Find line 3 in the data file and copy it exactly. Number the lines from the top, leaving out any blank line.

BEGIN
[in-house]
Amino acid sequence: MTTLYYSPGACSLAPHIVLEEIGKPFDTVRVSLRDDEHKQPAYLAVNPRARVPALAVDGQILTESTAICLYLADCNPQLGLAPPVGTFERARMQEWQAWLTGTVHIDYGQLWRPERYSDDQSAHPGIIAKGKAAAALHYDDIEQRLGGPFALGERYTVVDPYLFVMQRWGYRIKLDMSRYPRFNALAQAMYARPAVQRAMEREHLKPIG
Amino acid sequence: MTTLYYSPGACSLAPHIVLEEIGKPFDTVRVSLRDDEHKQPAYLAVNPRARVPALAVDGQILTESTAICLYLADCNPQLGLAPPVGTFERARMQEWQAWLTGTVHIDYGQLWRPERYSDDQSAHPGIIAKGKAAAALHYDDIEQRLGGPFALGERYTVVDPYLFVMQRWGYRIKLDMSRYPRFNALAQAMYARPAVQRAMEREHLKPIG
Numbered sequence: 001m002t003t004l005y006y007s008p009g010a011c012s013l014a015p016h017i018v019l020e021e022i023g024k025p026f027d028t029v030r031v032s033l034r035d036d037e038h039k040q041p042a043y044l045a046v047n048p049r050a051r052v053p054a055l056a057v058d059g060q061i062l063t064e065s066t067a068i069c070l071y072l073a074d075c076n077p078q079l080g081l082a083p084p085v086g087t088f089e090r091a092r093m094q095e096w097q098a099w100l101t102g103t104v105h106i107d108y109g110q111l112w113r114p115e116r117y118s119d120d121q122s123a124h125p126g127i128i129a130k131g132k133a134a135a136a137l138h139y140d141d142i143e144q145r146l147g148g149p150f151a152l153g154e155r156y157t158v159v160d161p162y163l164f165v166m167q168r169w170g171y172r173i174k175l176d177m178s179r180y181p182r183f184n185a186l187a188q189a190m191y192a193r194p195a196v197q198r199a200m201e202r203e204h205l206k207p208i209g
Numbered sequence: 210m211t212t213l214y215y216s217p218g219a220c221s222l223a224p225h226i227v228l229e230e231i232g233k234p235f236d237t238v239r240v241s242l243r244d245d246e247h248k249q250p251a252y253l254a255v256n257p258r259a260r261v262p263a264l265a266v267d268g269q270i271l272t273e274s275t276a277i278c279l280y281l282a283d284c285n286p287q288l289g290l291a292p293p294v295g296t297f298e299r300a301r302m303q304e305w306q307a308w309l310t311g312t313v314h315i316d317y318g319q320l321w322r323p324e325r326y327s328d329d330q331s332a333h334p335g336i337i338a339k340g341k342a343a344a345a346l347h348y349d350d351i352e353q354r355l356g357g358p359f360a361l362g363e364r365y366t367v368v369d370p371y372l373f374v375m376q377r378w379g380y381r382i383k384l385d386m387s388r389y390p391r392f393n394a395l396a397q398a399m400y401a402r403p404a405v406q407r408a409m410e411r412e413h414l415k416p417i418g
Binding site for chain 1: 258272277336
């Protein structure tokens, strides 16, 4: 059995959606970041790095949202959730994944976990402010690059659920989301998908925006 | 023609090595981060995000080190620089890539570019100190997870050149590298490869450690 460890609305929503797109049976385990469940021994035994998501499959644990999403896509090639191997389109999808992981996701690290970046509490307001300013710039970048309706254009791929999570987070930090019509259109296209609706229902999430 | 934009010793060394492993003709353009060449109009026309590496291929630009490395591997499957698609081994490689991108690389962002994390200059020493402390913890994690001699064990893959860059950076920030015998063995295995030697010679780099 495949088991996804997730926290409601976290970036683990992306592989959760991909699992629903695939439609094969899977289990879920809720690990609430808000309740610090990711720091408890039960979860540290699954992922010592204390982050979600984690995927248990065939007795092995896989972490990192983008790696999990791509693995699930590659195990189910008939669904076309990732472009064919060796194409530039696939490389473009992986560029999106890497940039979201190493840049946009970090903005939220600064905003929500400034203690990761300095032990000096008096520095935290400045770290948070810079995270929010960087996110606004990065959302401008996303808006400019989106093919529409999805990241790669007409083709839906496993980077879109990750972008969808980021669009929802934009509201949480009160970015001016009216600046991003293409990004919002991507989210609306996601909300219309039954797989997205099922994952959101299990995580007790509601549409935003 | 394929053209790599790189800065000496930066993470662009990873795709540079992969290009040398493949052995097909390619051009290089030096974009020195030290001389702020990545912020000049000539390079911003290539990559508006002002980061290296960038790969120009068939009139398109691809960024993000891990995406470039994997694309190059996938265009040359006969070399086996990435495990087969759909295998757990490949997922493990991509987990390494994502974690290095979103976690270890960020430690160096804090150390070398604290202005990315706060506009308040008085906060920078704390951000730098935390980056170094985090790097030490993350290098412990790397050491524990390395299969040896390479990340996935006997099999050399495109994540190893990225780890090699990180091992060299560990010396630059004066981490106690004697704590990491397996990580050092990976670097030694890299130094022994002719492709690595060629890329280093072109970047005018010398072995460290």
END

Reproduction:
Amino acid sequence: MTTLYYSPGACSLAPHIVLEEIGKPFDTVRVSLRDDEHKQPAYLAVNPRARVPALAVDGQILTESTAICLYLADCNPQLGLAPPVGTFERARMQEWQAWLTGTVHIDYGQLWRPERYSDDQSAHPGIIAKGKAAAALHYDDIEQRLGGPFALGERYTVVDPYLFVMQRWGYRIKLDMSRYPRFNALAQAMYARPAVQRAMEREHLKPIG